Extremely poor vision can be caused by strabismus in early childhood or by a displaced optical axis. Amblyopia is caused not by organic damage to the eyes but by the brain incorrectly fitting together the images the eyes provide. As a result, the ability to see an object in sharp focus is severely limited. This occurs in more than one in 20 of the German population, as Heike M. Elflein et al. show in a recent original article in Deutsches Ärzteblatt International. The authors' study analyzed the visual acuity of over 3200 individuals aged between 35 and 44 years and determined the frequency and causes of amblyopia.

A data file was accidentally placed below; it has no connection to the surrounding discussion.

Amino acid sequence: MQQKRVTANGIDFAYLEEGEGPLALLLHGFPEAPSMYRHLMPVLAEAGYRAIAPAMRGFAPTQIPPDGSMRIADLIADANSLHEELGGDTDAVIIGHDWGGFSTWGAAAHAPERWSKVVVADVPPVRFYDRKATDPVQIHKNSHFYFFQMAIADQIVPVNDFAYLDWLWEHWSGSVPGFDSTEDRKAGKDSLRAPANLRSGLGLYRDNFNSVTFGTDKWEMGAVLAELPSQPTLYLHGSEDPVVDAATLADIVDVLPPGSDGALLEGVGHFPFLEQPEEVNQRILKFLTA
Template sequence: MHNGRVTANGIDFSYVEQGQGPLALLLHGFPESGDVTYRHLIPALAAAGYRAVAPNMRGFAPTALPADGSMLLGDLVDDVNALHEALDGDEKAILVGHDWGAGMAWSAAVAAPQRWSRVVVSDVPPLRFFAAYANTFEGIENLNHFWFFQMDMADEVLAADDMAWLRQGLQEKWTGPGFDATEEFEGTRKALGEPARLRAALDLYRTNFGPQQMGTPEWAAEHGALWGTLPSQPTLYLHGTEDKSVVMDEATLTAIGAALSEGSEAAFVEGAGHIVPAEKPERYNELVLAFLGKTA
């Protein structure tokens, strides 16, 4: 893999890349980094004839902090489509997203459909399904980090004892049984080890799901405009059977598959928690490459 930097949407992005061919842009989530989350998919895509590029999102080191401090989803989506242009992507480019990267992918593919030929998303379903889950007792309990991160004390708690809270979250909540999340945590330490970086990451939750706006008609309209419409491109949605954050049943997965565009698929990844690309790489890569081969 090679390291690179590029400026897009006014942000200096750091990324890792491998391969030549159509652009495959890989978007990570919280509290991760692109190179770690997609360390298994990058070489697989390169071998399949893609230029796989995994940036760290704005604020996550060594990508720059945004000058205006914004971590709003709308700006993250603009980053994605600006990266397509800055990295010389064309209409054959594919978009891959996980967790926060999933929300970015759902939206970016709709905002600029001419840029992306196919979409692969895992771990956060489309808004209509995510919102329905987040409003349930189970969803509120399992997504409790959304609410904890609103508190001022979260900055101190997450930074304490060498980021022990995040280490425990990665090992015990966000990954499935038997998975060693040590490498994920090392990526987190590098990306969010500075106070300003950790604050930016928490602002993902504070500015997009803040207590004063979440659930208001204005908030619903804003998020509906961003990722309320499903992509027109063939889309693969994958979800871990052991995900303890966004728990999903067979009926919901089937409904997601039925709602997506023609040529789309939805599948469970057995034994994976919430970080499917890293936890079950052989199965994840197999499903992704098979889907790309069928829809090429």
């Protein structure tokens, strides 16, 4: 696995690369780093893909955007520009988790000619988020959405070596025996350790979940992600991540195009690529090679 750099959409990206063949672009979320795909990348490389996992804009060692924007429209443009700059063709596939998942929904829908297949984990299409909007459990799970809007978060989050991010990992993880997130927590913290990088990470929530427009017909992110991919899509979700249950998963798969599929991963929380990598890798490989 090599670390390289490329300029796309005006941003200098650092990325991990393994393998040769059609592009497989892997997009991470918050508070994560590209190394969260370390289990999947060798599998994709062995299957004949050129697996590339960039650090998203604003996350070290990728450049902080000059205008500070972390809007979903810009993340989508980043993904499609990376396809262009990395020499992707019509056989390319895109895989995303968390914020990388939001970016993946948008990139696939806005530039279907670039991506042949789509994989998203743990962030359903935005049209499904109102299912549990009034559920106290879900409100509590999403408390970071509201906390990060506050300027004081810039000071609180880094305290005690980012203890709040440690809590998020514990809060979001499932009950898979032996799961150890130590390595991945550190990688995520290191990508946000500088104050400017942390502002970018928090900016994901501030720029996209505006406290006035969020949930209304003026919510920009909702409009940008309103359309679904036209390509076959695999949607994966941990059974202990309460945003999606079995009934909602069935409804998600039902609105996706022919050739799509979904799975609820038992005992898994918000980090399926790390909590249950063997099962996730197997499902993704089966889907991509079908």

Study participants were examined by ophthalmologists; over 180 participants presented evidence of amblyopia. In half of those affected, lack of visual acuity was caused by differences in refraction between the two eyes (anisometropia); in almost one in four it was caused by strabismus. Because the eyes are actually intact, standard eye examinations do not detect this disease. In everyday life too, the symptoms are almost never detected in children. This has profound consequences, as vision problems caused by amblyopia have to be treated early: the older the child, the lower the chance of successful treatment. The authors therefore indicate that primary care physicians and pediatricians, as well as ophthalmologists, must be vigilant for amblyopia.
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